However, atypical clinical presentation of DH reported in the literature includes also palmoplantar keratosis, wheals of chronic urticaria and lesions mimicking prurigo pigmentosa [2628]. In particular, Ohshima et al. [26] in 2003 described a 63-year-old Japanese man which presented palmoplantar keratosis, in addition to itchy areas of erythema on the buttocks and knees with small blisters on the border that were clinically, histologically, and immunologically compatible with DH. The histologic evaluation of palmoplantar keratotic lesions showed hyperkeratosis, acanthosis, and cellular infiltration, mainly of lymphocytes, in the dermal papillae, aspects that were more compatible with psoriasis, but DIF showed granular IgA deposits in the dermal papillae confirming the diagnosis of DH. An unusual clinical presentation of DH in children described instead by Powell et al. [27] in 2004 consisted of chronic urticaria-like skin lesions. Histologic evaluation showed neutrophilic microabscesses in the dermal papilla with subepidermal blister formation, suggestive of DH, that was confirmed by fibrillar IgA deposition along the basement membrane zone (BMZ) with papillary accentuation revealed by DIF. Finally, Saito et al. [28] in 2005 described another atypical clinical presentation of DH, that was also in a Japanese subject, with features of prurigo pigmentosa but characterized by both histological and immunological aspect of DH.

3. Histopathology

The classic histopathologic features of DH seen on light microscopy include a subepidermal cleft with neutrophils, that are considered the most likely responsible for the dermal-epidermal separation [29], and a few eosinophils at the tips of dermal papillae, that are often accompanied by a perivascular mixed inflammatory infiltrate [12, 26]. While these findings are characteristic, there are a number of patients who present with pruritic, excoriated skin lesions with clinical and immunological features of DH in whom the histologic findings are nonspecific and do not confirm the diagnosis as showed by Warren and Cockerell [30], which found that 37.5% of DH patients had hematoxylin and eosin findings of a lymphocytic infiltrate only with fibrosis in the dermal papillae and ectatic capillaries. The authors hypothesized that the nonspecific histologic findings could represent both a sampling error on the part of the clinician taking the biopsy, in particular, choosing excoriated lesions that correspond to a later stage of the disease, or the pathology laboratory in sampling the lesion for histology, considering appropriate a progressive cutting of the tissue block, or distinct subgroup of dermatitis herpetiformis, possibly with a separate antigenic target [30].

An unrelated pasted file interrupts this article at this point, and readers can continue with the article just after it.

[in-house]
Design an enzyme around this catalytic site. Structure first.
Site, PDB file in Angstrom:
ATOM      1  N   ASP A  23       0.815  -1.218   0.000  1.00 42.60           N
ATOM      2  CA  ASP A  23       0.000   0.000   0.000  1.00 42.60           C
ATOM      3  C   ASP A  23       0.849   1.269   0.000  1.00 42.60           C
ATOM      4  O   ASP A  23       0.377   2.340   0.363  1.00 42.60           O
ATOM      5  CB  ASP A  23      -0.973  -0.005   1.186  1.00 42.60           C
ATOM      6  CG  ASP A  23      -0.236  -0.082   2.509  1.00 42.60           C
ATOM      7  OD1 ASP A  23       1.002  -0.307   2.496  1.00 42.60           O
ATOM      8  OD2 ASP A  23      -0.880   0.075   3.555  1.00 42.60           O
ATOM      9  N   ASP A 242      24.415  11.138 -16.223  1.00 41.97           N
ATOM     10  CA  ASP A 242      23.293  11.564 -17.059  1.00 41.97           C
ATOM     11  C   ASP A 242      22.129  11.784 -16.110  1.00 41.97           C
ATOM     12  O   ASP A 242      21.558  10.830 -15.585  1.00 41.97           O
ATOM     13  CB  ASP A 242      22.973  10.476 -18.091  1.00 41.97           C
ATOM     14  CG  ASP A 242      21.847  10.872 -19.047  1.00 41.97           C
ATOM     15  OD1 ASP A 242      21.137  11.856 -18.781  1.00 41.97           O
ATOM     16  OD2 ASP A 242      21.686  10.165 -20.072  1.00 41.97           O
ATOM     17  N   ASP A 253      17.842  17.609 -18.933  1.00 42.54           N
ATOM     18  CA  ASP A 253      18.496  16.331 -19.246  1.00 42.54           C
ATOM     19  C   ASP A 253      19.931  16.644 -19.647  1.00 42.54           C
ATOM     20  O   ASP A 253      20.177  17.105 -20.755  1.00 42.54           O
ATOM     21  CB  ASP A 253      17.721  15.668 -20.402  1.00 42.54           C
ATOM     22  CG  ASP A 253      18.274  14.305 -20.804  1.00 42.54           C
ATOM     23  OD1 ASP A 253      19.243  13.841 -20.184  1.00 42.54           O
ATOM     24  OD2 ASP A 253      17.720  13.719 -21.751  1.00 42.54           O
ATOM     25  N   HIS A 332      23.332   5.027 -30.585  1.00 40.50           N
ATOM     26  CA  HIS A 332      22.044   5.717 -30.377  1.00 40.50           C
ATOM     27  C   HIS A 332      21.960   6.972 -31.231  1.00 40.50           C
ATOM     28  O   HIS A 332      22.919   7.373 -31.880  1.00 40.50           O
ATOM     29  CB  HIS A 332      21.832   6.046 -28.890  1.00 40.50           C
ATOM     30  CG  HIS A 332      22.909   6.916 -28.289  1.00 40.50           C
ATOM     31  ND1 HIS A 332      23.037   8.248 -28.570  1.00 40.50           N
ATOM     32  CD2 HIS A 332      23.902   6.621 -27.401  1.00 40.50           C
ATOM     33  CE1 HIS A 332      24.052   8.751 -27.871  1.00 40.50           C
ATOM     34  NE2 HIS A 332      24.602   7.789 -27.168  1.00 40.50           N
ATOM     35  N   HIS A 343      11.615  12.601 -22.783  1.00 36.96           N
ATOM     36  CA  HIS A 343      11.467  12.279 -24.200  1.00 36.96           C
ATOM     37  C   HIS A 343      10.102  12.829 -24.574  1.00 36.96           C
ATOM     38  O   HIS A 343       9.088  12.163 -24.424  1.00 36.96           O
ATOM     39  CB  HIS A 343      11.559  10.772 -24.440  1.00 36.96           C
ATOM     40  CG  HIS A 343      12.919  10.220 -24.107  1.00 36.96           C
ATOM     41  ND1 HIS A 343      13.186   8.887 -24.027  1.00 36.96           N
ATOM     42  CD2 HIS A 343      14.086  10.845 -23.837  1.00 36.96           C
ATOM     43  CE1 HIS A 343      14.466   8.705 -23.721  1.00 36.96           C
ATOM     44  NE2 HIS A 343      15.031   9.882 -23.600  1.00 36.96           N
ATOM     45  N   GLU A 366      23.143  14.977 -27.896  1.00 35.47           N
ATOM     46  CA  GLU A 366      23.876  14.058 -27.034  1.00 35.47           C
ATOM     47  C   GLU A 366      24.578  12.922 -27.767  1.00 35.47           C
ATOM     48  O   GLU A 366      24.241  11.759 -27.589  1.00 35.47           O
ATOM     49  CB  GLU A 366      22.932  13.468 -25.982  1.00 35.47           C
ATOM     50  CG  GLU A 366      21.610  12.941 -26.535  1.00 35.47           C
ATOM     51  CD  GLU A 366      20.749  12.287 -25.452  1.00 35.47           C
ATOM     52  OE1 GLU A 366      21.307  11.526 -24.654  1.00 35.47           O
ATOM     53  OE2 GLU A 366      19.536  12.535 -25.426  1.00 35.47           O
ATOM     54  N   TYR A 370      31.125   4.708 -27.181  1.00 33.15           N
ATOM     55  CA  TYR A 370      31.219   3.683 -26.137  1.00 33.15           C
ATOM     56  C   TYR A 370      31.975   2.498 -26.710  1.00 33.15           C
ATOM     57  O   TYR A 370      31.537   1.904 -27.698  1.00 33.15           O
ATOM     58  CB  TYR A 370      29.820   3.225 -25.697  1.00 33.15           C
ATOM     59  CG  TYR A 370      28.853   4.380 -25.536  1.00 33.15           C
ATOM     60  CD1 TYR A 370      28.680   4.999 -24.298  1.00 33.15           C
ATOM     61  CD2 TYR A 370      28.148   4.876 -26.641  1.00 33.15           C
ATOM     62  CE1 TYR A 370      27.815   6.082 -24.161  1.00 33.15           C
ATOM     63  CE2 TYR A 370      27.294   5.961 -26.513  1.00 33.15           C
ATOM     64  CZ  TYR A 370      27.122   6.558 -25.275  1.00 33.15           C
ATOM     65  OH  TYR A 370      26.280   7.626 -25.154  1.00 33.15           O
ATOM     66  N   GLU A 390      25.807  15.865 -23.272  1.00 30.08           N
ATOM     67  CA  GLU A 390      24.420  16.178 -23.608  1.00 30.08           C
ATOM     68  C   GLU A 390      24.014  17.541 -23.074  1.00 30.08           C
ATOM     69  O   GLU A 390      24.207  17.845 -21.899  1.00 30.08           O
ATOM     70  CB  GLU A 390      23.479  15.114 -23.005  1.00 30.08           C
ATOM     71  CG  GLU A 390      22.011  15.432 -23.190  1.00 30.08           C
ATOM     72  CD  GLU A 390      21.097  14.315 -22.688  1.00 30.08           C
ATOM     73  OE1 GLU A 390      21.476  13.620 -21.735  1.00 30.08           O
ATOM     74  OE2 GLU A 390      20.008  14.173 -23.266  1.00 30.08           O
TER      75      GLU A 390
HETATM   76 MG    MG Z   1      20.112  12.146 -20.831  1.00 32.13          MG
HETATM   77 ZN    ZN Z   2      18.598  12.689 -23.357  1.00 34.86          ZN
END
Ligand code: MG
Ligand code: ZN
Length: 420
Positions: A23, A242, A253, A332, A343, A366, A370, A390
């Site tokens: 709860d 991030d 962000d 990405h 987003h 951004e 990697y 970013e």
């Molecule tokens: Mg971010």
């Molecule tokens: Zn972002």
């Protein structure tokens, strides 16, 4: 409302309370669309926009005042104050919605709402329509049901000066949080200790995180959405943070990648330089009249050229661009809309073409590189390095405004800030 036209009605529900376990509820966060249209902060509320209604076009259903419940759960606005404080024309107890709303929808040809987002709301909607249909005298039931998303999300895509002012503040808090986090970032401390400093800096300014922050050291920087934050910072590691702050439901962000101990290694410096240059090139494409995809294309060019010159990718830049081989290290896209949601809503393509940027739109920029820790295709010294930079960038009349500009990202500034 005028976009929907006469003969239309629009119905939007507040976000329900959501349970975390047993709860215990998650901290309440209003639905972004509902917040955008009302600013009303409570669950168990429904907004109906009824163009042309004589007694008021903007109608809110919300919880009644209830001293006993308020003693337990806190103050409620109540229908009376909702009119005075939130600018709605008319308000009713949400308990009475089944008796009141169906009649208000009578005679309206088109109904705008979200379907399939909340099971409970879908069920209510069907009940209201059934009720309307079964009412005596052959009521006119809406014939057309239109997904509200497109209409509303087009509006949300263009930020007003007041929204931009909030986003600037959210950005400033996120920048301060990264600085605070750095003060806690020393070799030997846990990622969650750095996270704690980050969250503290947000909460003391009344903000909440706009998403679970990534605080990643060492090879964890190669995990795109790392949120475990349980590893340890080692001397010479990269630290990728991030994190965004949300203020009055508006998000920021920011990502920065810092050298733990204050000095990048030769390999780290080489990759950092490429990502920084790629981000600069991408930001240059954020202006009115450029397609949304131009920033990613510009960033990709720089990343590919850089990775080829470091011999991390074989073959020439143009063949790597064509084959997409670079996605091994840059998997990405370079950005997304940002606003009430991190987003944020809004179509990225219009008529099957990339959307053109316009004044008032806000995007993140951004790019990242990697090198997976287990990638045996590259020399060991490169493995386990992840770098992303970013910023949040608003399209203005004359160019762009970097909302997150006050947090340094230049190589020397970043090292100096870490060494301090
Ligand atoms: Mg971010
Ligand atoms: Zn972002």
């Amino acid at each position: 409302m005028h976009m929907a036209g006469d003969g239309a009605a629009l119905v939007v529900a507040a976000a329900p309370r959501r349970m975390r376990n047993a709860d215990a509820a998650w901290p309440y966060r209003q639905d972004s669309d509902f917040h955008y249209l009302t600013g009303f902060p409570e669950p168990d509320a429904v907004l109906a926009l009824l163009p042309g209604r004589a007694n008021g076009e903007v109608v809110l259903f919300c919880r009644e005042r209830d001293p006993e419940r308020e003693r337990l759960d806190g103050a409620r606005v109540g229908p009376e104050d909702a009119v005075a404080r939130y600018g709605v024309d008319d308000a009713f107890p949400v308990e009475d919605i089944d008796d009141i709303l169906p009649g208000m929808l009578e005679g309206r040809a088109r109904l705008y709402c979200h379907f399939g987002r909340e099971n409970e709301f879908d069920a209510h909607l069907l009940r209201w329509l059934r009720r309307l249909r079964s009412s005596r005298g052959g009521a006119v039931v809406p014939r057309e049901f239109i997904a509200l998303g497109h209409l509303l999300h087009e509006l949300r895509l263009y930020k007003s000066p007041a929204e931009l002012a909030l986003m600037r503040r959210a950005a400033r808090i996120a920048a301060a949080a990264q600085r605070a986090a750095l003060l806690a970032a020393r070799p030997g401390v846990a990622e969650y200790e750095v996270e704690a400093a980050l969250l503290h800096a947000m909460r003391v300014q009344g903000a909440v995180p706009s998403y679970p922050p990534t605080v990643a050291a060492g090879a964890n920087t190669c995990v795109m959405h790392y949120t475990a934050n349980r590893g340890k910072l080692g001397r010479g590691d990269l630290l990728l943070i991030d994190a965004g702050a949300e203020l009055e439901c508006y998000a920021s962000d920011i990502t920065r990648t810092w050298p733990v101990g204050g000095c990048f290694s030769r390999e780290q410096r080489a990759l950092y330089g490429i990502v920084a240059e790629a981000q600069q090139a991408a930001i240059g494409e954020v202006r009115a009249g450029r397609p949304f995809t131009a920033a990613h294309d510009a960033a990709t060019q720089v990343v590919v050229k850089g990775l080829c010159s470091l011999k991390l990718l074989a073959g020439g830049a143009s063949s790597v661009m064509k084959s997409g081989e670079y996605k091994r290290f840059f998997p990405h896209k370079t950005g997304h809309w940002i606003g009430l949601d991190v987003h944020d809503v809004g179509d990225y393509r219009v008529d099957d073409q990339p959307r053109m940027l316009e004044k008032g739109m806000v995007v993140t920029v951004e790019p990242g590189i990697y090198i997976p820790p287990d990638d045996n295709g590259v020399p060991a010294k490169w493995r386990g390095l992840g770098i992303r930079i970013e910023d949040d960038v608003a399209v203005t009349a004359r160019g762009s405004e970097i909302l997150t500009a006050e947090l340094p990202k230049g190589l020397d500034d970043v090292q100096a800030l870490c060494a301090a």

4. DIF

Actually DIF of uninvolved skin collected in the perilesional site is considered as the diagnostic gold standard for DH [12]. The choice of normal appearing perilesional skin as site of biopsy specimen for DIF is not random, because in this site DH patients showed greater IgA deposition than in nonlesional or lesional skin as demonstrated by Zone et al. [4].

Two different patterns are possible: (a) granular deposits in the dermal papillae and (b) granular deposits along the basement membrane. In both cases, deposits are thought to be polyclonal but are mainly composed of IgA1 [31]. The two patterns may also be present as a combination resulting in granular IgA deposition along the basement membrane with accentuation at the tips of the dermal papillae [911, 32]. A third different pattern, presents in 50% of Japanese populations, first described in 1993 by Kawana and Segawa [33] as “fibrillar pattern,” was subsequently reconsidered by Ko et al. [34] in 2010. The fundamental difference between this last and previous is that the IgA deposition presents as linear streaks rather than fine granules in the papillary dermis. As suggested by Ko et al., the fibrillar pattern of IgA deposition may correlate with a clinical variant of DH or another as yet undefined disorder, and some case reports of atypical clinical presentations, that may be urticarial or psoriasiform, support this hypothesis [35, 36]. The correlation between the fibrillar DIF pattern and DH is, however, still debated. Although often the granular and the fibrillar patterns are associated in patients with DH, the last one alone more often correlates with atypical features, including atypical clinical presentations, absence of HLA-B8/DR3DQ2 haplotype, and lack of gluten-sensitive enteropathy or detectable circulating autoantibodies [37]. However, not all authors agree that, considering that the two different pattern may be the expression of a different method of sectioning [33].

5. Serologic Findings

Serologic testing is a useful adjunct to tissue-based studies. Contrary to the other bullous disorders, DH patients have no circulating autoantibodies binding to the cutaneous basement membrane components or to other adherent structures of the skin, but they have gluten-induced IgA autoantibodies against transglutaminase (TG) 2 and TG3 also called tissue-TG (t-TG) and epidermal-TG (e-TG), respectively [13].